It’s a Friday evening in Union Square, and instead of flocking to the nearby bars, around 30 people are sitting silently and cross-legged on the floor of the buzzy Jivamukti Yoga studio. They—the Observer included—have come to experience Center of the Cyclone, a trendy series of pop-up meditation classes held in a range of New York hotspots.
After some easy-to-follow exercises to energize our chakras, we received an unexpected instruction: partner up with a nearby stranger and, as ethereal music played overhead, gaze into each other’s left eye for around five minutes—a long time, when you’re sitting motionless facing someone you’ve never met before. When it was done, the group sipped complimentary charcoal-infused lemonade and shared our experiences; one participant gushed about having seen his partner’s aura.
“I don’t want to wear a white robe and denounce my belongings. I just want to be a decadent, sexy New Yorker who still cares about material possessions.”
“People say [my] meditations are sexy,” said Biet Simkin, the small-but-mighty force of energy who guided the class, flowing about the room in a summery orange dress and angular bob haircut. “I made it fun—there’s not so much dogma.”
Ms. Simkin grew up practicing the art with her father, a shaman and psychotherapist who secretly studied meditation in the forests of his home country, Russia. As a teenager, she also practiced yoga and lived on ashrams.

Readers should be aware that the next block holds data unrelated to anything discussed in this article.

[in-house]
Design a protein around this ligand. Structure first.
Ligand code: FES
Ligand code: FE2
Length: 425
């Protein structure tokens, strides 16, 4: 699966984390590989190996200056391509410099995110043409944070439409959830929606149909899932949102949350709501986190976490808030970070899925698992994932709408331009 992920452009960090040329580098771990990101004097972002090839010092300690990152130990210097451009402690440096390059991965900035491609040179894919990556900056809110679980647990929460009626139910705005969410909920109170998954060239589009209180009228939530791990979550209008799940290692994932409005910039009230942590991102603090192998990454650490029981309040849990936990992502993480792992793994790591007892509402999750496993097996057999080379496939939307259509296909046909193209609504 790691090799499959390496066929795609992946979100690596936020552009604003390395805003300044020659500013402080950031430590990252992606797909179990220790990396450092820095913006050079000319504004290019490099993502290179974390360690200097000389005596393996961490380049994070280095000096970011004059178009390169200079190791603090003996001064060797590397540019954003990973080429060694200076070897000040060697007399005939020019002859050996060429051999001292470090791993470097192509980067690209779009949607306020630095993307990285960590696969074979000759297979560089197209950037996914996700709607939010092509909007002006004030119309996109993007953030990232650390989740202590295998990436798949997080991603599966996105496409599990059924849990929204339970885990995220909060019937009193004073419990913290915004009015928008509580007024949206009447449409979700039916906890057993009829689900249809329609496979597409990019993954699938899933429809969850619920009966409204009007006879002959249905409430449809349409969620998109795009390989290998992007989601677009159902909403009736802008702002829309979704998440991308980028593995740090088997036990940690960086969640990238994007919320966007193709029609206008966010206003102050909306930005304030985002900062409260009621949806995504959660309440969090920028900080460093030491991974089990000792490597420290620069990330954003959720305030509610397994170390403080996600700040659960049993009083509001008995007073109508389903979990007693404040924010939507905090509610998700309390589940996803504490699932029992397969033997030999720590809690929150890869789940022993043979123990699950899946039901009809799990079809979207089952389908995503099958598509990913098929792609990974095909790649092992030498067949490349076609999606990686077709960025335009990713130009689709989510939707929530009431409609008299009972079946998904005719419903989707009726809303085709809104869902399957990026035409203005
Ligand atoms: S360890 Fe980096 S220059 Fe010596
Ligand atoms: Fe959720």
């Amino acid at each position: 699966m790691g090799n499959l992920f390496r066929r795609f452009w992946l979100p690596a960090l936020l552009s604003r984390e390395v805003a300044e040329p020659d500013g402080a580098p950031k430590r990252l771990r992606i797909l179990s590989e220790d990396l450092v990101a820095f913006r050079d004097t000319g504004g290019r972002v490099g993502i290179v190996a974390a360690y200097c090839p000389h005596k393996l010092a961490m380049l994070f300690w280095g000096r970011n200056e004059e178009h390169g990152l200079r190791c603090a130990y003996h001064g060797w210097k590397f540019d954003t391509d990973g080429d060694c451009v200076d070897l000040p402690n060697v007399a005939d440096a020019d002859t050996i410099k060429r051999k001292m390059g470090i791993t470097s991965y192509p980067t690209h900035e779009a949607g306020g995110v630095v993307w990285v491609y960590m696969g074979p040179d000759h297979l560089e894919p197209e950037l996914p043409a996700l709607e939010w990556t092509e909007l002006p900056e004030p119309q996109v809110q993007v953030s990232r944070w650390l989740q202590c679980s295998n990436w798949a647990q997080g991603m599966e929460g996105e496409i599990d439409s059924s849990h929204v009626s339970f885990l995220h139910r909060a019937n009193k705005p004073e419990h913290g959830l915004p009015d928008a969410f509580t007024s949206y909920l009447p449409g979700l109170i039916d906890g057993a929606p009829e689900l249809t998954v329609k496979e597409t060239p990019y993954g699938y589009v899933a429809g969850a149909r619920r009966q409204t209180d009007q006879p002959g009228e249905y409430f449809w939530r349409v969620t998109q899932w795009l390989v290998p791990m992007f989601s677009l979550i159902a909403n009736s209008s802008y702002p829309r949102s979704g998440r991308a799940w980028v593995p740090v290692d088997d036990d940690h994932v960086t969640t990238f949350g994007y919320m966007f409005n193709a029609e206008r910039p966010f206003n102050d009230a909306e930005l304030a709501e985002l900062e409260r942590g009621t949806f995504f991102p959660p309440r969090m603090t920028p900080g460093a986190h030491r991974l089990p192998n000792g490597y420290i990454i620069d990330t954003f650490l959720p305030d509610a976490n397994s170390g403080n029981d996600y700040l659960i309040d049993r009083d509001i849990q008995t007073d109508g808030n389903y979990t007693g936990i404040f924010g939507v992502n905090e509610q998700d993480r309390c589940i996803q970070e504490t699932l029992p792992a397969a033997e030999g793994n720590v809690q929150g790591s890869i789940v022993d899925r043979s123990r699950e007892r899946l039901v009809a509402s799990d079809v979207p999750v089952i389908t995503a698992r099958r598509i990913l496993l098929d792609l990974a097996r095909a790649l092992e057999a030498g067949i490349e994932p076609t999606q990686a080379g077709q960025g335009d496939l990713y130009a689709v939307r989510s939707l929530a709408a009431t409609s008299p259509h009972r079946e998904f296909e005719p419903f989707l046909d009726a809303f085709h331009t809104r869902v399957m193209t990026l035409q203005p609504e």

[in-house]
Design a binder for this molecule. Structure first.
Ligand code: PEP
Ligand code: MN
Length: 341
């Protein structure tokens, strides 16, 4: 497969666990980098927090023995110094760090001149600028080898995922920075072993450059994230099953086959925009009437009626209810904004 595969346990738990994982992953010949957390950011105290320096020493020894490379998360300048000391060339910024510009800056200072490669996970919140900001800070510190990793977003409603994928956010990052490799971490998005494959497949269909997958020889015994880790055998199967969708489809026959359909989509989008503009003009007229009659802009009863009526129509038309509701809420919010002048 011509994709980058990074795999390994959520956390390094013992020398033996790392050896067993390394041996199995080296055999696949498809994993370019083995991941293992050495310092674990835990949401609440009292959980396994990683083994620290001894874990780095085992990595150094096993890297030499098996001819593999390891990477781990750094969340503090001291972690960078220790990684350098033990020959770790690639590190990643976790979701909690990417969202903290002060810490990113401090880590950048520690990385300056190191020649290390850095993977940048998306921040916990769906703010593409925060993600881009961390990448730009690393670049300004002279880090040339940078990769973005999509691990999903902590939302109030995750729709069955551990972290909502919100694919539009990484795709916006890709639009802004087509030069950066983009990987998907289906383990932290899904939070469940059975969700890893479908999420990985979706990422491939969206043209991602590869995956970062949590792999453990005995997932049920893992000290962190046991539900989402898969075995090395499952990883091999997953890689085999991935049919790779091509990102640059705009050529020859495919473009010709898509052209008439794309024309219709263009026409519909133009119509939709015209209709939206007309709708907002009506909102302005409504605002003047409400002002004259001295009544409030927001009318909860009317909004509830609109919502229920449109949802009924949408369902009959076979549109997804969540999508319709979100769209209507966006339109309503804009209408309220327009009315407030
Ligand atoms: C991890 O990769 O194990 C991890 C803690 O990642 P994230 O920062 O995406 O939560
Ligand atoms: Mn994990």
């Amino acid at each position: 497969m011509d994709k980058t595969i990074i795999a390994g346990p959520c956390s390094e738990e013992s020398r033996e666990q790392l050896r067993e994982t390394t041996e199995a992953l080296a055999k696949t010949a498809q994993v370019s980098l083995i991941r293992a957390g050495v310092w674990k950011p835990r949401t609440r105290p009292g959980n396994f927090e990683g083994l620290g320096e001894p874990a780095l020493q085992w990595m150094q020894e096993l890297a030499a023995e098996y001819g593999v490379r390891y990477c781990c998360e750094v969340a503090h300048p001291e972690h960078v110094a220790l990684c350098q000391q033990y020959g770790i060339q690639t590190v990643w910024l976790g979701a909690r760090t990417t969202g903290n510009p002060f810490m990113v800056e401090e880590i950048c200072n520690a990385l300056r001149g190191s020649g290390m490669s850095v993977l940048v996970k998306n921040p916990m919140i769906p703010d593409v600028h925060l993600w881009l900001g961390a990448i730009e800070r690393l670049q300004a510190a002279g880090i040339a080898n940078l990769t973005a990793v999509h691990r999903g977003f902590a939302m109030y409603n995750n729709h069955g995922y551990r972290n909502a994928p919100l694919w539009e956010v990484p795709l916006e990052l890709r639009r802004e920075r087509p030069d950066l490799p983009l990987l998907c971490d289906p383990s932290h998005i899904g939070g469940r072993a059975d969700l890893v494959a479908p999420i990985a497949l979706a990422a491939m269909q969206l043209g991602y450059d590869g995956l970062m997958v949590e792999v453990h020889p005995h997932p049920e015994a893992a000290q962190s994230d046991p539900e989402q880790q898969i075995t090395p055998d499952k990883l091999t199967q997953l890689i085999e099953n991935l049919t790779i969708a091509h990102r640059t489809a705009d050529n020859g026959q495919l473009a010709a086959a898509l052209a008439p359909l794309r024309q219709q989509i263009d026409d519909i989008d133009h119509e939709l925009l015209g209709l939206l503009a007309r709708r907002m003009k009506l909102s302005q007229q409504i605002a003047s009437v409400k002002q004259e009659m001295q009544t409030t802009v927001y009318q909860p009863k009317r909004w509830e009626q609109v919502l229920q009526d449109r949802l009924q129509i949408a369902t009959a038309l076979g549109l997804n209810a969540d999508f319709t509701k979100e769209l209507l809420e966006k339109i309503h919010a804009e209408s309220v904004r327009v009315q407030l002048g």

But when that lifestyle felt too “limited,” Ms. Simkin, who’s also a musician, shaved her head and started touring around the country. She experienced “10 years of heavy drug and alcohol abuse,” she said, before finally deciding, around seven years ago, to get sober. That was Ms. Simkin started meditating again.
“I had to find a new way to get connected,” she said, “and started meditating every day.” A few years later, “it dawned on me that I needed to turn it into a business,” she said.
She held the first meditation pop-up in a friend’s loft on Bond Street—”a beautiful, decadent, million-dollar loft,” she recalled. The first class had 12 attendees. As Ms. Simkin made the pop-ups a monthly event—in places like downtown art galleries and nightclubs—that number started to grow to 25 or 30 per class. Eventually, upwards of 50 people were showing up.
“I think people were drawn to it because it was a new way of experiencing meditation,” Ms. Simkin said. “I don’t want to wear a white robe and denounce my belongings. I just want to be a decadent, sexy New Yorker who still cares about material possessions.”
She partnered with Lululemon to host another session at Lightbox, the high-tech Midtown events space. “Every single wall had a projection of nebulas and stars,” she recalled.
Other times, she’s gone into full-fledged parties and had everyone stop and meditate. Her classes can be, in her own words, like “if you took the Rolling Stones and Velvet Underground and turned it into a meditation.”
Ms. Simkin is certain—as are others—that meditation is “absolutely” the next yoga.
“It’s really an interesting thing to be on the cusp of,” she said, “to be on the mast of the boat as we arrive on the shore—it feels so brilliant to have the bird’s eye view.”